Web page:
TikTok creators, some U.S. Democratic lawmakers oppose ban on app

TikTok creators and three U.S. Democratic Party lawmakers have publicly said they oppose ban on the China-based short video sharing app that is used by more than 150 million Americans.
Keep TikTokTikTok CEO Shou Zi Chew on Thursday will testify before the U.S. House Energy and Commerce Committee amid calls for blocking the video app over national security concerns. TikTok CEO will tell that the app does not have any connection with China government. TikTok CEO will tell that it never shared any data with China.

TikTok creators and U.S. Democratic party lawmakers have explained why a ban on the video sharing app will negatively impact Americans and their small businesses. Some fear that there will be lack of support from the young population because they use the video app regularly. Facebook and Google could not bring out a strong rival to TikTok for global audience.

There is a strong opposition in the United States at a time when several other countries are in the process of banning TikTok from phone users. India has already banned TikTok. But TikTok videos are widely available in other social media platforms such as Facebook and WhatsApp despite a ban.

Representatives Jamaal Bowman, Mark Pocan and Robert Garcia and TikTok creators called at a press conference in Washington for broad-based privacy legislation that would address all large social media companies.

“Why the hysteria and the panic and the targeting of TikTok?” Jamaal Bowman asked. “Let’s do the right thing here – comprehensive social media reform as it relates to privacy and security.”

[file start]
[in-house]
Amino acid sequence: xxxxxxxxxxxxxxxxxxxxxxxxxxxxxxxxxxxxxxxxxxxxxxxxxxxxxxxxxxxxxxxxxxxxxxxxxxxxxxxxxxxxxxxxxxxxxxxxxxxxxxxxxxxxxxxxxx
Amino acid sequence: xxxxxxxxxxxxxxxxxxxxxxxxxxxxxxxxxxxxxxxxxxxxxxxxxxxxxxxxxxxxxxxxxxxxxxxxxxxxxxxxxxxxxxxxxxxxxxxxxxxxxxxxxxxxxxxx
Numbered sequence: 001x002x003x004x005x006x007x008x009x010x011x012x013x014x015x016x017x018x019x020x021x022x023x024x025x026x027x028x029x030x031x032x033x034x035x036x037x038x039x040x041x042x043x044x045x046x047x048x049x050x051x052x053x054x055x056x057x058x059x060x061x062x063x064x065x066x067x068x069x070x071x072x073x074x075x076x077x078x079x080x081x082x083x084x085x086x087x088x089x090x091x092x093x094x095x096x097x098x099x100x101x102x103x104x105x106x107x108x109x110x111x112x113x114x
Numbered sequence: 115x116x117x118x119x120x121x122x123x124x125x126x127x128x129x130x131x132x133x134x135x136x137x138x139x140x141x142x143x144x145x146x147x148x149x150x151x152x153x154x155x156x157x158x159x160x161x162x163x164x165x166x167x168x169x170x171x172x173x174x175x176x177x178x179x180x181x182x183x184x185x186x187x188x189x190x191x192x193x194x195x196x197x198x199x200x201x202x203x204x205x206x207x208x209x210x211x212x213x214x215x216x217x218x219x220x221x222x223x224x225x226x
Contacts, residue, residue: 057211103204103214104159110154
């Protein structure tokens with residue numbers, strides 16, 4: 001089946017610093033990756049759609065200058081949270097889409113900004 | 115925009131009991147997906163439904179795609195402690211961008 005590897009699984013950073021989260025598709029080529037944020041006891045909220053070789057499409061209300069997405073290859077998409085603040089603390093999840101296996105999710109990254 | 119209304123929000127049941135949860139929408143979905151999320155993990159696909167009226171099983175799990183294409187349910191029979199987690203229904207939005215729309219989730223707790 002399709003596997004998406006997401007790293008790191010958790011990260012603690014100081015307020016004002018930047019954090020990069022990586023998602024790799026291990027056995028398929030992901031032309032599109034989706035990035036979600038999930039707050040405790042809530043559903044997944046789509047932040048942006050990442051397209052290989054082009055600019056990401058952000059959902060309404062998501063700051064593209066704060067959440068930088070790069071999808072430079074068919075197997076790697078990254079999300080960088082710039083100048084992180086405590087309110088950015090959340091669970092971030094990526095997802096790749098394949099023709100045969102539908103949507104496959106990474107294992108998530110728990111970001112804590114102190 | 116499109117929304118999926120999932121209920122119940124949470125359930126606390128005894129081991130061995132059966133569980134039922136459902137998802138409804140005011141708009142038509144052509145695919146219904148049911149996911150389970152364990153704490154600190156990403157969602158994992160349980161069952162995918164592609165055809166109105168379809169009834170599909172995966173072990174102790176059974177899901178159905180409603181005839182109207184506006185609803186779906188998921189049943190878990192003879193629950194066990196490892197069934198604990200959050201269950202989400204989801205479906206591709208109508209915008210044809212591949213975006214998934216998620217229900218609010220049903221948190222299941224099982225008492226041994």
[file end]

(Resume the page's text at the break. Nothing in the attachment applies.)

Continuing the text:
Still, far more U.S. lawmakers want TikTok banned. Critics fear that TikTok user data in the United States could be passed on to China’s government. Last week, TikTok said the administration of President Joe Biden demanded its Chinese owners divest their stakes or it face a potential ban, Reuters news report said.

Creators talked on Wednesday about posting videos of baking cakes or selling greeting cards to TikTok followers. Some held up signs saying TikTok benefits small businesses. TikTok says 5 million businesses use the app.

TikTok creator Jason Linton uses TikTok to share videos of his three adopted children in Oklahoma and has interacted with people around the world.

“I am asking our politicians – don’t take away the community that we’ve all built – a community that lasts, that loves,” Linton said at the press conference.

Pocan said a “xenophobic witch hunt” is motivating some in Congress to seek a TikTok ban. “Banning TikTok isn’t the answer. Making sure Americans data is safe is,” he said.

Senator Ed Markey, a Democrat, said on the Senate floor on Wednesday that TikTok is a threat that needs to be addressed but it is not the only surveillance threat to young people. That position “is deliberately missing the Big Tech forest for the TikTok trees.”

Democratic Senator Mark Warner said two additional senators backed his bipartisan legislation with Republican John Thune to give the Biden administration new powers to ban TikTok.

“Congress needs to give the administration the tools to review and mitigate the harms posed by foreign technology products that come from adversarial nations,” Warner said.